Morehead: What inspires you to serve on the Dublin School Board?
Cunningham: “Helping our students. Everyone serving on the Board is thinking about how we can make our students lives better. The Gael Period, which was not a popular decision when it was first announced, has worked well so far, even though there are still things to fix. Better enforcement mechanisms, for example, for the Gael Period rules. The Homework and Grading Committee, creating balance with athletics and extracurriculars, all are examples of how we can help students succeed. We have great schools, what our students and teachers have accomplished, that’s what motivates me.
“All the screaming that’s happening right now around school construction and growth comes with the territory. But it’s how we help students that ultimately motivates me.
“Early in my tenure on the School Board, with Trustees who are no longer serving, there was contention between several of the Board Trustees and at the time I had plaques made that stated “It’s all about the kids”. It really is and it’s critical we don’t lose sight of that priority.”
Morehead: It’s been a decade since the District hired a new Superintendent. How will the hiring process work and what are you looking for in the next Superintendent?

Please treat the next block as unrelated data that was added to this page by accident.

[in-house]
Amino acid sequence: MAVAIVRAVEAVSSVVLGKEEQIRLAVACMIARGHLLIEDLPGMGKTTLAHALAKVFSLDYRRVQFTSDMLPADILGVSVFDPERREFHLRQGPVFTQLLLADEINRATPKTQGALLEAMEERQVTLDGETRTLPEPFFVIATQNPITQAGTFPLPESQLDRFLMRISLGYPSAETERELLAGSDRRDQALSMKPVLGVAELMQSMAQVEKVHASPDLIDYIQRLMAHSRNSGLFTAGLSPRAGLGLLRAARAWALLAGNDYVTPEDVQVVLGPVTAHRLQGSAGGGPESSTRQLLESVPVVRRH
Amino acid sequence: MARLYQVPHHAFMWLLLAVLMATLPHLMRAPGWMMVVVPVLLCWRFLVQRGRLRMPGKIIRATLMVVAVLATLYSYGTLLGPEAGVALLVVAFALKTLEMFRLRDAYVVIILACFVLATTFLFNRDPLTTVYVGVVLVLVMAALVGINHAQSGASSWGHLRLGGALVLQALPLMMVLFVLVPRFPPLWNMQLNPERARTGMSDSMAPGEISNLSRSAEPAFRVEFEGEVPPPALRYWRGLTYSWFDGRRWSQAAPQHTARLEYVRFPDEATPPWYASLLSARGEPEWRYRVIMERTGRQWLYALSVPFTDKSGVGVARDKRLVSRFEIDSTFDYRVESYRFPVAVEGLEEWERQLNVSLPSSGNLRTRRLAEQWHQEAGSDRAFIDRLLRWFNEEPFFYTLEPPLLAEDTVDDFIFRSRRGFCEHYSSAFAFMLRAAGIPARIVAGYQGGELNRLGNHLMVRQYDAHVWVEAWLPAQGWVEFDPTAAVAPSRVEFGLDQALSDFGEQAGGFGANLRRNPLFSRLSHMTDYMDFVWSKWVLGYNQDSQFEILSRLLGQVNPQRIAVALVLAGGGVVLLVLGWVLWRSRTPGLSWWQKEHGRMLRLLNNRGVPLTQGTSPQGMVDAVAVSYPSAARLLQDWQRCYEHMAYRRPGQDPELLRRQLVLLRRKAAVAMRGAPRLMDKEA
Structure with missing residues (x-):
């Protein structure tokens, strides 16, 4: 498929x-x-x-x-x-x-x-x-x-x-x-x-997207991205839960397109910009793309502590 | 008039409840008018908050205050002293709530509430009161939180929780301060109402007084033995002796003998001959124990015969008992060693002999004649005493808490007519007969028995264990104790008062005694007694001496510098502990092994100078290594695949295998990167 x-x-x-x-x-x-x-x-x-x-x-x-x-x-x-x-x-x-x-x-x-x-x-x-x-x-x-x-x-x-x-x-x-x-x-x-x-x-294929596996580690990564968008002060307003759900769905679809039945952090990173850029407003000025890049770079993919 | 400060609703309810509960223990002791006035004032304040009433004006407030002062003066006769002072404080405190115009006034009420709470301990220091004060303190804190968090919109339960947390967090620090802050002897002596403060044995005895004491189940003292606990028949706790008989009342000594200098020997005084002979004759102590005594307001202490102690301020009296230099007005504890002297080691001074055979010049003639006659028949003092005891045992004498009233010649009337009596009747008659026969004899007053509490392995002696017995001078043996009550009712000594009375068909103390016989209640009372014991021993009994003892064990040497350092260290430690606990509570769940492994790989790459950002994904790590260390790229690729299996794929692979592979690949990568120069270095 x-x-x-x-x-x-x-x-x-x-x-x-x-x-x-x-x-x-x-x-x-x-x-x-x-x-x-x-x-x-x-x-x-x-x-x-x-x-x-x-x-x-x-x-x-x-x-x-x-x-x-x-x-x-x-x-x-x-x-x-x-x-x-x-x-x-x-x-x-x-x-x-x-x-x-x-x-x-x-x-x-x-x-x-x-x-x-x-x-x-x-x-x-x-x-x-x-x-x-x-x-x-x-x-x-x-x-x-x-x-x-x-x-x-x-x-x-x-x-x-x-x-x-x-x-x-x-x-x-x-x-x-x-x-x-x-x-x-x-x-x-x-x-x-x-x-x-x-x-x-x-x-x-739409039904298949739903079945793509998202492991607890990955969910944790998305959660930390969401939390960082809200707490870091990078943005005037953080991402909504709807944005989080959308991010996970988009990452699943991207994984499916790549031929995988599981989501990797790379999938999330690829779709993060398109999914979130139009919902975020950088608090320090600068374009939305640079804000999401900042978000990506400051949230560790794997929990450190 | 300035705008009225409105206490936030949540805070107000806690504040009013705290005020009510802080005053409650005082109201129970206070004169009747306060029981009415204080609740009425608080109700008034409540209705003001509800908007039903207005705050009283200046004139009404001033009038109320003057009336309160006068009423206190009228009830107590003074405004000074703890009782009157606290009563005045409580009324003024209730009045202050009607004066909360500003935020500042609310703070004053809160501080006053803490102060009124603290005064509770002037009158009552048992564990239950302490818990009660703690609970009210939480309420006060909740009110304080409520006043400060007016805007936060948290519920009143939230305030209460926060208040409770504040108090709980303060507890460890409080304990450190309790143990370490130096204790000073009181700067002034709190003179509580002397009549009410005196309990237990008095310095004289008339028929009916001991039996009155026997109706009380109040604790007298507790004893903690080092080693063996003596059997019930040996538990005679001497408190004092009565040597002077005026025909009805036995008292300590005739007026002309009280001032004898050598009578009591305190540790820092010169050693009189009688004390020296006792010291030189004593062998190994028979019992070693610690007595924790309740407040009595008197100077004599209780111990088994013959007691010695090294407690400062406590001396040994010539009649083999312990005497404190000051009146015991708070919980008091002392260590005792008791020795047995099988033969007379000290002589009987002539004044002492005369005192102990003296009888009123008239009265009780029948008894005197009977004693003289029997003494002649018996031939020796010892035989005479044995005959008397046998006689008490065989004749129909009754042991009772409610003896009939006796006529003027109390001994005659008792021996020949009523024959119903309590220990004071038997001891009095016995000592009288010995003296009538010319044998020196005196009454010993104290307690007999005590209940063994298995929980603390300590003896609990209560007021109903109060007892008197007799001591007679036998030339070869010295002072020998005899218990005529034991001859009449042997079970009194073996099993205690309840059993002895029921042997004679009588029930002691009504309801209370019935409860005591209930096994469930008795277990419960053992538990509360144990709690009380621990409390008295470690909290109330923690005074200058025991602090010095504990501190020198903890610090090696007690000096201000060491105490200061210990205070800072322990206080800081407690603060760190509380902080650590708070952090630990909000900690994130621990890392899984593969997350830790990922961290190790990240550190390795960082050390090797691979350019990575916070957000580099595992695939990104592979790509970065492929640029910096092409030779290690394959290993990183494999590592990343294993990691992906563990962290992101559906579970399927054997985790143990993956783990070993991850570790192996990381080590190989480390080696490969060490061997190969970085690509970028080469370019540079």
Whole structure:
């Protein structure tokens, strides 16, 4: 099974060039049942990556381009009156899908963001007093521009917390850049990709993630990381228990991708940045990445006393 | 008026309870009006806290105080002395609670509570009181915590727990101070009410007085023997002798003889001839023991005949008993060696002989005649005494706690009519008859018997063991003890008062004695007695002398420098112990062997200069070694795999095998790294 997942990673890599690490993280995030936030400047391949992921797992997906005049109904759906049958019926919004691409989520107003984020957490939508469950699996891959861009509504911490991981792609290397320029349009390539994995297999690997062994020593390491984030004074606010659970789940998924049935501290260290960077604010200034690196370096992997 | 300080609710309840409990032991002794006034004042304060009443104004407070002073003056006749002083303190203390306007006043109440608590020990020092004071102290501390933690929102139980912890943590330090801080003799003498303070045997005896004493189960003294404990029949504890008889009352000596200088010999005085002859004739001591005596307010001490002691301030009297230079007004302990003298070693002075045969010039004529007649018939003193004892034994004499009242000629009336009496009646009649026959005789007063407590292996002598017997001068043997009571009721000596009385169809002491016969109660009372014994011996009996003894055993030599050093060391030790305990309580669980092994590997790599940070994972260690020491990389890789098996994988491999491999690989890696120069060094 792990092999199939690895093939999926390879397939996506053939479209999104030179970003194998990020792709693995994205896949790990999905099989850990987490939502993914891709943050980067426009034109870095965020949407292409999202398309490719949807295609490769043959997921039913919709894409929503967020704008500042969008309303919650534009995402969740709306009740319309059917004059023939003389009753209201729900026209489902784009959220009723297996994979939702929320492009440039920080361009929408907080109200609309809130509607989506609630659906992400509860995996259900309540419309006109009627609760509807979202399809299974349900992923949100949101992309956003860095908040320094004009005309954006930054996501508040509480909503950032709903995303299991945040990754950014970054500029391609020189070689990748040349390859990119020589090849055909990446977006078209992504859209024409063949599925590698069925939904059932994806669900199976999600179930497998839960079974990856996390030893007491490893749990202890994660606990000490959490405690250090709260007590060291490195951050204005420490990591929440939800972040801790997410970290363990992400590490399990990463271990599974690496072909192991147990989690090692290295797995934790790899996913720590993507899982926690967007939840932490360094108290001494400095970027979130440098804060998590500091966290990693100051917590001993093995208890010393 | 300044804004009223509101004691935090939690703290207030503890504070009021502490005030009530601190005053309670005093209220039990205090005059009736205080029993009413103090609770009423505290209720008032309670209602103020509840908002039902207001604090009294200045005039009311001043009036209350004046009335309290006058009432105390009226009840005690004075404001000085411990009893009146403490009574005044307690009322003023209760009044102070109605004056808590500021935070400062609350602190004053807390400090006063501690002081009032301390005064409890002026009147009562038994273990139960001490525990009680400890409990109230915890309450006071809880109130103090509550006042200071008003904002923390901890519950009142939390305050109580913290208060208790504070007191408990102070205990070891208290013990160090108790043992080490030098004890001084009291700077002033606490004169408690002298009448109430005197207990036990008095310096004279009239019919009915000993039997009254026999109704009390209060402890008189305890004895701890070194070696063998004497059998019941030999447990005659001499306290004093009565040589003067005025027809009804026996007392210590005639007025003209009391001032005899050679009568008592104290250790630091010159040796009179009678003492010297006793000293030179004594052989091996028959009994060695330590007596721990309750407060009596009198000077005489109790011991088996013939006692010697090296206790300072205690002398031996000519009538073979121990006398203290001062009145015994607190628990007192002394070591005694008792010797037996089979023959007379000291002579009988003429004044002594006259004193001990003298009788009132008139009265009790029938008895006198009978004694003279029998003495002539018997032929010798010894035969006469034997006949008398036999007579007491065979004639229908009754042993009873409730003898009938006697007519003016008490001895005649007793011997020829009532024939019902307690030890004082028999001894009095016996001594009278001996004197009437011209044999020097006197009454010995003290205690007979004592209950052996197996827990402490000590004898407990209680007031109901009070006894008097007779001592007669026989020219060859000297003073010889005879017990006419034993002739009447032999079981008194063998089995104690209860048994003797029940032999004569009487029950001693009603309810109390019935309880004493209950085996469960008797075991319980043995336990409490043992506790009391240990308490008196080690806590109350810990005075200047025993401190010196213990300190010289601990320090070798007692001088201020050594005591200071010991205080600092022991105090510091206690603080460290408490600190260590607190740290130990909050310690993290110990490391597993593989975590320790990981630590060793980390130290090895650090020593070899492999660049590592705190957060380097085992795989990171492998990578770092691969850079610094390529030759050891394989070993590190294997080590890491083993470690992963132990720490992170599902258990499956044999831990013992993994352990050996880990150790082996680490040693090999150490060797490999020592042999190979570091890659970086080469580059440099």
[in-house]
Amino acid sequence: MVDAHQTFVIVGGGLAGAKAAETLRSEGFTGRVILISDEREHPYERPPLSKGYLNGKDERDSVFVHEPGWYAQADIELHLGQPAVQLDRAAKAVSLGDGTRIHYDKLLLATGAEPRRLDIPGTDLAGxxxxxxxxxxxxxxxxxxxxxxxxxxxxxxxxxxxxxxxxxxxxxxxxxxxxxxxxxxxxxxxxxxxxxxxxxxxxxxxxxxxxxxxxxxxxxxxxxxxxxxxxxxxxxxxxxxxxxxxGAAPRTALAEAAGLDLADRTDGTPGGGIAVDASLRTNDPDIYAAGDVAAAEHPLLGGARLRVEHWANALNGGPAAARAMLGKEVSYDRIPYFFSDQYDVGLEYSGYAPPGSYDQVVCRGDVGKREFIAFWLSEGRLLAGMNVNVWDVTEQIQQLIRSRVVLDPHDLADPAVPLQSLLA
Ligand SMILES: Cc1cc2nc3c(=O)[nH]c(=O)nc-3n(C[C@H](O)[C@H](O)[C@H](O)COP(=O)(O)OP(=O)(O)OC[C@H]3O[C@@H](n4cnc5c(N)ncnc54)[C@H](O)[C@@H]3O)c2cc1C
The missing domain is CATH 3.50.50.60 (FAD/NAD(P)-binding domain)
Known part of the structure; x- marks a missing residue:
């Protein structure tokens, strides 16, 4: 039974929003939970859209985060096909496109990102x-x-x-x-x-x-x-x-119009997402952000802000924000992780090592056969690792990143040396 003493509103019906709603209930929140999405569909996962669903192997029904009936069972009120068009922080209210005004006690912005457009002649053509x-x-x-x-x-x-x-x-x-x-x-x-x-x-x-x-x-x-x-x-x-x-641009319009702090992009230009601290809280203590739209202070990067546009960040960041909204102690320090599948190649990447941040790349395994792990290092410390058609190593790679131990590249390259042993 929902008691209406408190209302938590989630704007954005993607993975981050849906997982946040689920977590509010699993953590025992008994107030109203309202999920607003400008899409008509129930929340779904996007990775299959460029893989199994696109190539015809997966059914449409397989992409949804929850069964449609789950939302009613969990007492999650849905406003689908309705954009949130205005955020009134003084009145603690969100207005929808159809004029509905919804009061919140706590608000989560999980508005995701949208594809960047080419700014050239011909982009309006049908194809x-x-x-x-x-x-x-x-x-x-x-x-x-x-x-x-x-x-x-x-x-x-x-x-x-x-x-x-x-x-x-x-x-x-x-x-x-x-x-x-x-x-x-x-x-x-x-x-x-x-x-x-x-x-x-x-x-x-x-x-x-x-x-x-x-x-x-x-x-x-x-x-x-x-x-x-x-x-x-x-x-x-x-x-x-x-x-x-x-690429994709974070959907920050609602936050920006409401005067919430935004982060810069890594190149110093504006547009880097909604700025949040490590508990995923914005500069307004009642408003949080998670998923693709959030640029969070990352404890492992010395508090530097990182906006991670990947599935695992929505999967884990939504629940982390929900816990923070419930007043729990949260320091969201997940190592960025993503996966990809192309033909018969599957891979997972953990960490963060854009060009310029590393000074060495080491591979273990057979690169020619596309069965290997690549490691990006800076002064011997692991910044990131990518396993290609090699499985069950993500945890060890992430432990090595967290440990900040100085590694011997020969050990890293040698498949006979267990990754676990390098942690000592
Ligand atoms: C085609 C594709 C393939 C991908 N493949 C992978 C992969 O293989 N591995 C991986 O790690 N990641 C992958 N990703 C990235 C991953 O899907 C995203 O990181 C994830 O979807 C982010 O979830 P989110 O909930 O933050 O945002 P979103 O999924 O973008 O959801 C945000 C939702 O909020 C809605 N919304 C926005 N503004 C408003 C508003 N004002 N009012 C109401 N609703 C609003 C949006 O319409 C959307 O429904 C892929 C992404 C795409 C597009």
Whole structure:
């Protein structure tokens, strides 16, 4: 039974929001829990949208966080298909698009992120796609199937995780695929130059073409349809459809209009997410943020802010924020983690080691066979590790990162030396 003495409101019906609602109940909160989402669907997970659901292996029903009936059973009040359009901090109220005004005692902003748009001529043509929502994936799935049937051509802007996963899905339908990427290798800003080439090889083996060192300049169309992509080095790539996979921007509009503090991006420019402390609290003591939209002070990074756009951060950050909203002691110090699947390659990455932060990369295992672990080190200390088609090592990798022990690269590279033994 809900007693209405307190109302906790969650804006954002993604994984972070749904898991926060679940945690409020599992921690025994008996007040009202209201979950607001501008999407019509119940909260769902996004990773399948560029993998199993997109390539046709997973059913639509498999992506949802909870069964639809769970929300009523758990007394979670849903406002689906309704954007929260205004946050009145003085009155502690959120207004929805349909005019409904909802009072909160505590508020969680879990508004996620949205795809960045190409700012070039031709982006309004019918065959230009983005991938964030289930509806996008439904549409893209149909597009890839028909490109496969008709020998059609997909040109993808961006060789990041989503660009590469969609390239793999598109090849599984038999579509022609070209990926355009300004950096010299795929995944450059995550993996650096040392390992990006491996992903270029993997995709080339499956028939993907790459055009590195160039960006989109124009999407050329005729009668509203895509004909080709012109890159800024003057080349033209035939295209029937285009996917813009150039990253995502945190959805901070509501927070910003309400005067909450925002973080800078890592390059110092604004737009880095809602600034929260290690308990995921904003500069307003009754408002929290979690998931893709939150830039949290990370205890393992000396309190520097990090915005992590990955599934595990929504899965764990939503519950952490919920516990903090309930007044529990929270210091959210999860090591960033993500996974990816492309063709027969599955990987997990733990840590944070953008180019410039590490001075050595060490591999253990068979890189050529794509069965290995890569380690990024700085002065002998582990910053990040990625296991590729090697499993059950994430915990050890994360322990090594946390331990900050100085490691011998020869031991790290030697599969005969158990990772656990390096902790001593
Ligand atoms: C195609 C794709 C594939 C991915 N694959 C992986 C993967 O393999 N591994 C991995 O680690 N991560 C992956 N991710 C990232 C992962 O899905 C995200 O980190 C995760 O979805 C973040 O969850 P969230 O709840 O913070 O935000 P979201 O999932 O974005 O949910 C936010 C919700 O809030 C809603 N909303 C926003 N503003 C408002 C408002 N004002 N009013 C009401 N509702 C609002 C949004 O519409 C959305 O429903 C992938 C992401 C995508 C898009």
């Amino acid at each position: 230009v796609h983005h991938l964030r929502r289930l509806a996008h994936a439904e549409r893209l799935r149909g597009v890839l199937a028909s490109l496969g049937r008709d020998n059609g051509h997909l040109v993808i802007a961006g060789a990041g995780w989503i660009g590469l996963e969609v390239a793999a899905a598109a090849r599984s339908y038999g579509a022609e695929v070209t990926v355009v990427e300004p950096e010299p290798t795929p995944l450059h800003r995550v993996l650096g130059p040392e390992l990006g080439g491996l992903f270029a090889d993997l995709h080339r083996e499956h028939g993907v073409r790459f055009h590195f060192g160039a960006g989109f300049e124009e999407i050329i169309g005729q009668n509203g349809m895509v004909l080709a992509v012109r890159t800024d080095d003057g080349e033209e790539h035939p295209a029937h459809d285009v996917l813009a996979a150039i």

Cunningham: “The process started earlier this year with a sub-committee consisting of Trustee Sameer Hakim and myself. We issued an RFP for a search firm which resulted in the selection of Leadership Associates Executive Search Advisors. The search firm will interview staff, administrators, parents and students – we want to get a broad spectrum of what the community wants – and then we’ll post the position. The interview process starts in April with the goal of selecting the Superintendent in May. The Superintendent is the School Board’s one hire and ultimately it is our decision.
“I’m looking for an educational leader who has a vision for education. That is a Superintendent’s number one job. I want someone who understands we are a Professional Learning Community. To lose what we’ve already put in place would be sad – I’m seeing more and more school districts following our lead. We need a leader who can manage through the challenges we face due to growth but more importantly can lead this District forward serving our students and the community.”